When the Boone Diabetes and Endocrine Center opens this summer, the physicians look forward to working alongside Boone Hospital’s existing Diabetes and Weight Management services.

“Education, in our subspecialty, is so integral, it’s so important,” said Dr. Siyam. “It’s totally inseparable in the management of a diabetic to have a good educator by your side to help you with a patient.”

The Boone Diabetes and Endocrine Center is accepting appointments. Drs. Siyam and Addision said they are eager to meet new patients and help them improve their health.

“The results are very tangible. With good management, you can see your patients get better,” Dr. Addison said. “Having that kind of success is very important to us.”

Fuel For Health — Diabetes Education Helps Moberly Man Find Wellness

March 20, 2013

By Jacob Luecke

This story is featured in the Winter 2013 edition of myBoone Health magazine. Click here for a free subscription.

Mark Morgan is careful about what kind of fuel he puts in his new truck.

It’s a Chevy Silverado. He’s cautious with the engine and wants to protect his investment. He deliberates about different ethanol blends when he’s at the pump; he wants to maximize performance.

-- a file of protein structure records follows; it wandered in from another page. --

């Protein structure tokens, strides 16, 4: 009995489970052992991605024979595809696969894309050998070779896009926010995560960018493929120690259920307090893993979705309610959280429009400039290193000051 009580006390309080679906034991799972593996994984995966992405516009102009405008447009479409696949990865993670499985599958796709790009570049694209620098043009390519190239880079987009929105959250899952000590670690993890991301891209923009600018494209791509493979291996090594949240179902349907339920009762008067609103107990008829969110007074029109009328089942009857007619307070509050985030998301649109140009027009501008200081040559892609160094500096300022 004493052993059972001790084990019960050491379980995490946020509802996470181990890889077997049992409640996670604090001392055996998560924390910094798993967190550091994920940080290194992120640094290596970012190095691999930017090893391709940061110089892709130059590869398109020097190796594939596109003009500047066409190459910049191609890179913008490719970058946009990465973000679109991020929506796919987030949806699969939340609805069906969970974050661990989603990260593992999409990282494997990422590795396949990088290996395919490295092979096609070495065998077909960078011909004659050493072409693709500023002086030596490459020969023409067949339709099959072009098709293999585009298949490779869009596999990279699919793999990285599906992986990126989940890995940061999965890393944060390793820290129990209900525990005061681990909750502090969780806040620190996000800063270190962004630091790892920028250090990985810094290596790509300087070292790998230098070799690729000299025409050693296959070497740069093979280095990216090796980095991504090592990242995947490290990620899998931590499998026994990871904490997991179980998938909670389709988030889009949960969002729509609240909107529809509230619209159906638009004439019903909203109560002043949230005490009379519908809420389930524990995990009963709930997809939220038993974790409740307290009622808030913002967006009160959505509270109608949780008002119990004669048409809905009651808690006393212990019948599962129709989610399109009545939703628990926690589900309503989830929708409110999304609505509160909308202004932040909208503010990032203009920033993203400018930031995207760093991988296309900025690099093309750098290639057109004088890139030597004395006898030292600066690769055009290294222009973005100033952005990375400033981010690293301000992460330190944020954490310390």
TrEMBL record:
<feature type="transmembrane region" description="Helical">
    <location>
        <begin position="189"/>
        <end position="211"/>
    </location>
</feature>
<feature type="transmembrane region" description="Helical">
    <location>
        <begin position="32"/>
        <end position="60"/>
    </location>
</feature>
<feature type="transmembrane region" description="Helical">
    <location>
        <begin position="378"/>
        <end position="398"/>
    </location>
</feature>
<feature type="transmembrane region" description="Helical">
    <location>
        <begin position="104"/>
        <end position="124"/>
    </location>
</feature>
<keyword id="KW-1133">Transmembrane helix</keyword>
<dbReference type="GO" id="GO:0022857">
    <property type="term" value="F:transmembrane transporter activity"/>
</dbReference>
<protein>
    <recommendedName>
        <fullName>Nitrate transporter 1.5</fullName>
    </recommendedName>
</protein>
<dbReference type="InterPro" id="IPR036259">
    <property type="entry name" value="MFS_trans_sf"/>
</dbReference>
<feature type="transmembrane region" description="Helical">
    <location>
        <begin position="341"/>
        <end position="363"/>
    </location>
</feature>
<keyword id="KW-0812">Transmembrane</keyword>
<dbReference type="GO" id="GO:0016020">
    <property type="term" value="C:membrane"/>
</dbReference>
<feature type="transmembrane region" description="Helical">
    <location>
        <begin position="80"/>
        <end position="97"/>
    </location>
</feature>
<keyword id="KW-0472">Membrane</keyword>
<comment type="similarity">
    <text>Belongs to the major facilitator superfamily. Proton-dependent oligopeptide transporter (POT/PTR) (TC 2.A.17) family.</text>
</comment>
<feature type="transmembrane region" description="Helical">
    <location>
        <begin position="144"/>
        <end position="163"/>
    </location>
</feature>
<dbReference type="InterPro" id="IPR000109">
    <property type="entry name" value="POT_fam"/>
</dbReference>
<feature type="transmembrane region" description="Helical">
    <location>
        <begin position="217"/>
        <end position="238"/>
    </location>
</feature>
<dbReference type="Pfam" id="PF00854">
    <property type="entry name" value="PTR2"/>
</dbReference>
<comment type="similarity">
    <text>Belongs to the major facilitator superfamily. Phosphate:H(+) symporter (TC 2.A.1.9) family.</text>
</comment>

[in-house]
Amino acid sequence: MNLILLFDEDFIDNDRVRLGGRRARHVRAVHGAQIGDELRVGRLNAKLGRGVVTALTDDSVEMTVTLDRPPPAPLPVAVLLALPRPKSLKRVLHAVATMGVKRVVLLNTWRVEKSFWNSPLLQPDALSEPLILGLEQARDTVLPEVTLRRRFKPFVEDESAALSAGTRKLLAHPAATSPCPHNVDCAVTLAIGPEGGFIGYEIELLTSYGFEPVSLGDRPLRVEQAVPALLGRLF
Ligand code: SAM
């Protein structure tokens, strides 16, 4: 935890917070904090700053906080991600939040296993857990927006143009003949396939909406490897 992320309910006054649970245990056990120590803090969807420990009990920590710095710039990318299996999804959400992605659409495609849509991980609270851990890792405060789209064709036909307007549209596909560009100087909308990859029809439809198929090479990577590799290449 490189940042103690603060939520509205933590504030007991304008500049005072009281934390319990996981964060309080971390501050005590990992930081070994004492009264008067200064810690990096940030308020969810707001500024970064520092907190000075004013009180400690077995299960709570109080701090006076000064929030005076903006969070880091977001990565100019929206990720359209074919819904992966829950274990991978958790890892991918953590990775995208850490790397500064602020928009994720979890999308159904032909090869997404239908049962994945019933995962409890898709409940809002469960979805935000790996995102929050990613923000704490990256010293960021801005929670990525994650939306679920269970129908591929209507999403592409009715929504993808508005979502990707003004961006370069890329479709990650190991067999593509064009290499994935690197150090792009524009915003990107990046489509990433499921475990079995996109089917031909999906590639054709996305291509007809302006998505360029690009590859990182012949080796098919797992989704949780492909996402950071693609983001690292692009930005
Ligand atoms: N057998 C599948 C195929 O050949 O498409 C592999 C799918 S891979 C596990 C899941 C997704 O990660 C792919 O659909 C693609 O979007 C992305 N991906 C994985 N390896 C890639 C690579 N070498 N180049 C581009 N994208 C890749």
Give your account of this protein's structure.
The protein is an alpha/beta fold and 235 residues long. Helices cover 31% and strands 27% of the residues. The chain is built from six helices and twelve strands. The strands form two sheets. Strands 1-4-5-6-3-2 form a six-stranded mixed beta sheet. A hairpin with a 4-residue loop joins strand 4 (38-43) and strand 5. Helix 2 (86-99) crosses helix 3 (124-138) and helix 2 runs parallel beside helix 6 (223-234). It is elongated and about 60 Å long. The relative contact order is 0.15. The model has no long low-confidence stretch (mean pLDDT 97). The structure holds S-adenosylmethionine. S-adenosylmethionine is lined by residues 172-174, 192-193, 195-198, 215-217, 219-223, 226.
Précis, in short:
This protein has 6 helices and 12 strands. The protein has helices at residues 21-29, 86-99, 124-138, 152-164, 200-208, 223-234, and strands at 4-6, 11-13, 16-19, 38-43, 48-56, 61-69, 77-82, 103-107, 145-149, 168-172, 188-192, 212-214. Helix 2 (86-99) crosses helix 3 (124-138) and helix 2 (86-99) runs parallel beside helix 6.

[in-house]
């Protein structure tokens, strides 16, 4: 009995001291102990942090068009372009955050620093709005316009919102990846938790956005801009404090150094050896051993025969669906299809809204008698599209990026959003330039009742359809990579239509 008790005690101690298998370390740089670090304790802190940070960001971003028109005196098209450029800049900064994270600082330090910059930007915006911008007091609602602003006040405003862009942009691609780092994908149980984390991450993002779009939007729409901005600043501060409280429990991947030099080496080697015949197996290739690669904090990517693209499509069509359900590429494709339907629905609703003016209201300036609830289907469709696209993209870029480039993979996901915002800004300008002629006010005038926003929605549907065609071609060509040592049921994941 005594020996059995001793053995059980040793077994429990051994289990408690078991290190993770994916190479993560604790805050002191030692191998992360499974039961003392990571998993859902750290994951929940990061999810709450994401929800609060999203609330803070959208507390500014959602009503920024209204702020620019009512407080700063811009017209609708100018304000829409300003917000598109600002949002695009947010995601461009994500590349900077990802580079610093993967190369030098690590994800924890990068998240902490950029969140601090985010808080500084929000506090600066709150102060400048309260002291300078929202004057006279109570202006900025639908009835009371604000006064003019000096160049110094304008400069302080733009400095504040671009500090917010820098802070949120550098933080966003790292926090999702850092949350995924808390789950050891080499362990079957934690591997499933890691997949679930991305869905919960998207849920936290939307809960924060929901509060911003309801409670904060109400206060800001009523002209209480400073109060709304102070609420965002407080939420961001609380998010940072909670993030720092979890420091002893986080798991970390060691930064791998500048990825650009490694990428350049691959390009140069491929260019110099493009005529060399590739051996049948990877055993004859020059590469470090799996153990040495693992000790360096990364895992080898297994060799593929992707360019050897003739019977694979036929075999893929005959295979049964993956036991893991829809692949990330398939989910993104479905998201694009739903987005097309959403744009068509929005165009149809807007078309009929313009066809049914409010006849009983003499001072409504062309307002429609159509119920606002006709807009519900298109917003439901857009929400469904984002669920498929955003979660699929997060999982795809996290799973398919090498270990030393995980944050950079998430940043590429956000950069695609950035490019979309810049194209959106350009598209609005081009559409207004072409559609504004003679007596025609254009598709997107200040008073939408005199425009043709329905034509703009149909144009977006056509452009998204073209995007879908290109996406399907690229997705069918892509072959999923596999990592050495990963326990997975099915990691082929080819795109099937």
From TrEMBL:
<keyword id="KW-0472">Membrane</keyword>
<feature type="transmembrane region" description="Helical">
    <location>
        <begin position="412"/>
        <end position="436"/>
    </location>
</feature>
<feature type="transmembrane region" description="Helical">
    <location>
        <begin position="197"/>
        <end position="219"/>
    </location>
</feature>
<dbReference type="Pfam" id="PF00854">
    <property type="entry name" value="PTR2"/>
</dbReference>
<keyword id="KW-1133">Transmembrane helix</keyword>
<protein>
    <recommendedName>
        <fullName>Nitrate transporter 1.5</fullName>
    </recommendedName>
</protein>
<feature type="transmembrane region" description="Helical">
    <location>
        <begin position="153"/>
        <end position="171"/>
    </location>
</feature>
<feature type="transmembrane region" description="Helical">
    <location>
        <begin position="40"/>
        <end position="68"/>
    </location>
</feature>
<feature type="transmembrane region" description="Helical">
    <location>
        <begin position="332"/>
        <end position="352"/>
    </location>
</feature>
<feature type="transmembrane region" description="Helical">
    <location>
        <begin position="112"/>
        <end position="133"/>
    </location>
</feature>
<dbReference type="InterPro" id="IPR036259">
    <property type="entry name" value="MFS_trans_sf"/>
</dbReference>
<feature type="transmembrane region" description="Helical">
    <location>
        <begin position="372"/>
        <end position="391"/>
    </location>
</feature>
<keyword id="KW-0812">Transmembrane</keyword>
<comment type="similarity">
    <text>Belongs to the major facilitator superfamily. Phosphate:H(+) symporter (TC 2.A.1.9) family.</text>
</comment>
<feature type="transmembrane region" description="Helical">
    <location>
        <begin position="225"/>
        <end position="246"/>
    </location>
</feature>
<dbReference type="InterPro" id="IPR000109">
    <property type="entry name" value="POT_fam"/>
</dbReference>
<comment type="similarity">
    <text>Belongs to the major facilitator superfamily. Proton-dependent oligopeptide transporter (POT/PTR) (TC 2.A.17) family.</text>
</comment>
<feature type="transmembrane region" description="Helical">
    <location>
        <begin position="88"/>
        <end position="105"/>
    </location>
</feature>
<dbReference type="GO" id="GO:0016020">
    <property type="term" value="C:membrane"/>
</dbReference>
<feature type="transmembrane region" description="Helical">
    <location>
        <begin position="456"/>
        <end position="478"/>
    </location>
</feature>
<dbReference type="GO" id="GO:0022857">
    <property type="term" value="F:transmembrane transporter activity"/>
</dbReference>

However, for many years Mark wasn’t nearly as cautious about the fuel he was putting into his own body.

Brenda Wilson, Mark Morgan and Jennifer Anderson.

Brenda Wilson, Mark Morgan and Jennifer Anderson.

Fast food, doughnuts and candy helped keep a pulsing sugar buzz going for his marketing consultant job at KRES radio in Moberly.

But the lifestyle took its toll. By his mid-40s, Mark weighed over 400 pounds. He was often getting sick. He started feeling light-headed, like he was going to pass out.

Bad fuel was threatening to kill his engine.

“I was a heart attack or a stroke waiting to happen,” Mark said.

He was diagnosed with diabetes. He began taking medication, but ignored any advice about changing his lifestyle.

“In hindsight, I can see clearly I was in denial,” he said. “It really didn’t mean a lot to me because I didn’t understand what diabetes meant as far as the condition itself, the threat to my health or what I was going to have to do.”

Years went by. His weight peaked at 450 pounds.

Then, about two years ago, he decided to make a change. He began to focus on sustained weight loss. He dropped dozens of pounds.

However, a hemoglobin test showed his diabetes was still out of control. His doctor, Andrea Eden, DO, at Boone Convenient Care in Moberly, compelled him to learn more about his disease. She recommended the diabetes self-management education classes offered at Boone Hospital Center.

Over four weekly sessions, the classes teach essential diabetes facts, possible complications and how to manage
the disease through diet, exercise and medication.

“The goal of diabetes self-management education is to empower people with the tools they need to manage their diabetes,” said Jennifer Anderson, diabetes education coordinator.